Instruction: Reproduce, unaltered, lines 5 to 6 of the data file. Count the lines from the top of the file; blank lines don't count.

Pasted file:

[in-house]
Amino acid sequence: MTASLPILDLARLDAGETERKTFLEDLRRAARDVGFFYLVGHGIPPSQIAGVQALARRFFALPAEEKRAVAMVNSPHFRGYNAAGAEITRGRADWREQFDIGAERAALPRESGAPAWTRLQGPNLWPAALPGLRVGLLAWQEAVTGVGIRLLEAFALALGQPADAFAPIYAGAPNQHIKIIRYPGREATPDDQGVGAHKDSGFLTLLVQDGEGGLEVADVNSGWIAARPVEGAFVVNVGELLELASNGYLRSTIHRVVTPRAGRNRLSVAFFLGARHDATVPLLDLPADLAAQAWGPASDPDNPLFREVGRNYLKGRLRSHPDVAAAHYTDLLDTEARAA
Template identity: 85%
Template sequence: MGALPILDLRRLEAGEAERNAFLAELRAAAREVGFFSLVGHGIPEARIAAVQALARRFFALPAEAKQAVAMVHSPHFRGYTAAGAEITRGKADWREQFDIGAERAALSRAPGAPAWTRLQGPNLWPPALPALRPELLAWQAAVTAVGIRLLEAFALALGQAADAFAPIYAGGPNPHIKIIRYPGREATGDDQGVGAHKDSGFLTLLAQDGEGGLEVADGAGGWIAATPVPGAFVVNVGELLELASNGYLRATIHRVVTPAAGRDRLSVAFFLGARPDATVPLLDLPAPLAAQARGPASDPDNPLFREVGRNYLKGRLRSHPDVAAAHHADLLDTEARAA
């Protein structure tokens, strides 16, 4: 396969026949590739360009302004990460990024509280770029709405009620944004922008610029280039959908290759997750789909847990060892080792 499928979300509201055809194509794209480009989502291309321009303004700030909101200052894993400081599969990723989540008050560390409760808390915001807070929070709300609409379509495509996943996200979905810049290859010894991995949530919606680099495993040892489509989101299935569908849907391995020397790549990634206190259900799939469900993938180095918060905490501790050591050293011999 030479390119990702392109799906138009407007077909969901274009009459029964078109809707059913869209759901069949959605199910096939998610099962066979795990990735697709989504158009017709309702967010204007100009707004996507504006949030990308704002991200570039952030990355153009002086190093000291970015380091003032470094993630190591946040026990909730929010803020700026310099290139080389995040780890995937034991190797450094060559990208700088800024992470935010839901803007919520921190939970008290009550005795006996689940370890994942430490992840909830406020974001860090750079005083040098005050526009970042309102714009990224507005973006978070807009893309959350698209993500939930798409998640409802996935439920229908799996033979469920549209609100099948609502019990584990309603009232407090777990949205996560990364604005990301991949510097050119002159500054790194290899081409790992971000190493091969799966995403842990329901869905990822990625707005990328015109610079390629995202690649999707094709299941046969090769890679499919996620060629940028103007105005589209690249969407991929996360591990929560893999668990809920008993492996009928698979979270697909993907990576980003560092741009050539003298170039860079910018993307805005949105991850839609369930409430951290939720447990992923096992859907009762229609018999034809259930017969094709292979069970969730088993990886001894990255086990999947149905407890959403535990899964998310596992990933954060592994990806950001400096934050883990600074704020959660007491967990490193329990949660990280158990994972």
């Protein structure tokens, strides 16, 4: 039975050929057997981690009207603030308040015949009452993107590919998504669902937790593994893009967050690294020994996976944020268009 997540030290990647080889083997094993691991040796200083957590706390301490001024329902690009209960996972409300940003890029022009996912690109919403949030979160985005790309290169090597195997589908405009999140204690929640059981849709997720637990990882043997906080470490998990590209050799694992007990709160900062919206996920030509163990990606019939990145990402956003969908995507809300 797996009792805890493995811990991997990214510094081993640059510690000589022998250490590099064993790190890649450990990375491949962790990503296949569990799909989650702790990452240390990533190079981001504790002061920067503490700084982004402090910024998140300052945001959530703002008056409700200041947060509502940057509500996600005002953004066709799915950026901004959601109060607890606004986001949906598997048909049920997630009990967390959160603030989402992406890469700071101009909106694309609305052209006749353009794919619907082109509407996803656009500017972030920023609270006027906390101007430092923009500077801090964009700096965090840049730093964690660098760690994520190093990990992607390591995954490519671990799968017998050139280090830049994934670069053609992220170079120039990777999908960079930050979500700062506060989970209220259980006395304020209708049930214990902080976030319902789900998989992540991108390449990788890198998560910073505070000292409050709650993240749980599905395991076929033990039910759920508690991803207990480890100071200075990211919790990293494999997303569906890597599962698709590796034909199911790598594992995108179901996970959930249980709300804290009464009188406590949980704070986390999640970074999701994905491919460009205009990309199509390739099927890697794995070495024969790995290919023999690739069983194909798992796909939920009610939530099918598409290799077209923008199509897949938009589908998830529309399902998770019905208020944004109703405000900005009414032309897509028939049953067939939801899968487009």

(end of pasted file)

């Protein structure tokens, strides 16, 4: 396969026949590739360009302004990460990024509280770029709405009620944004922008610029280039959908290759997750789909847990060892080792 499928979300509201055809194509794209480009989502291309321009303004700030909101200052894993400081599969990723989540008050560390409760808390915001807070929070709300609409379509495509996943996200979905810049290859010894991995949530919606680099495993040892489509989101299935569908849907391995020397790549990634206190259900799939469900993938180095918060905490501790050591050293011999 030479390119990702392109799906138009407007077909969901274009009459029964078109809707059913869209759901069949959605199910096939998610099962066979795990990735697709989504158009017709309702967010204007100009707004996507504006949030990308704002991200570039952030990355153009002086190093000291970015380091003032470094993630190591946040026990909730929010803020700026310099290139080389995040780890995937034991190797450094060559990208700088800024992470935010839901803007919520921190939970008290009550005795006996689940370890994942430490992840909830406020974001860090750079005083040098005050526009970042309102714009990224507005973006978070807009893309959350698209993500939930798409998640409802996935439920229908799996033979469920549209609100099948609502019990584990309603009232407090777990949205996560990364604005990301991949510097050119002159500054790194290899081409790992971000190493091969799966995403842990329901869905990822990625707005990328015109610079390629995202690649999707094709299941046969090769890679499919996620060629940028103007105005589209690249969407991929996360591990929560893999668990809920008993492996009928698979979270697909993907990576980003560092741009050539003298170039860079910018993307805005949105991850839609369930409430951290939720447990992923096992859907009762229609018999034809259930017969094709292979069970969730088993990886001894990255086990999947149905407890959403535990899964998310596992990933954060592994990806950001400096934050883990600074704020959660007491967990490193329990949660990280158990994972």
């Protein structure tokens, strides 16, 4: 039975050929057997981690009207603030308040015949009452993107590919998504669902937790593994893009967050690294020994996976944020268009 997540030290990647080889083997094993691991040796200083957590706390301490001024329902690009209960996972409300940003890029022009996912690109919403949030979160985005790309290169090597195997589908405009999140204690929640059981849709997720637990990882043997906080470490998990590209050799694992007990709160900062919206996920030509163990990606019939990145990402956003969908995507809300 797996009792805890493995811990991997990214510094081993640059510690000589022998250490590099064993790190890649450990990375491949962790990503296949569990799909989650702790990452240390990533190079981001504790002061920067503490700084982004402090910024998140300052945001959530703002008056409700200041947060509502940057509500996600005002953004066709799915950026901004959601109060607890606004986001949906598997048909049920997630009990967390959160603030989402992406890469700071101009909106694309609305052209006749353009794919619907082109509407996803656009500017972030920023609270006027906390101007430092923009500077801090964009700096965090840049730093964690660098760690994520190093990990992607390591995954490519671990799968017998050139280090830049994934670069053609992220170079120039990777999908960079930050979500700062506060989970209220259980006395304020209708049930214990902080976030319902789900998989992540991108390449990788890198998560910073505070000292409050709650993240749980599905395991076929033990039910759920508690991803207990480890100071200075990211919790990293494999997303569906890597599962698709590796034909199911790598594992995108179901996970959930249980709300804290009464009188406590949980704070986390999640970074999701994905491919460009205009990309199509390739099927890697794995070495024969790995290919023999690739069983194909798992796909939920009610939530099918598409290799077209923008199509897949938009589908998830529309399902998770019905208020944004109703405000900005009414032309897509028939049953067939939801899968487009």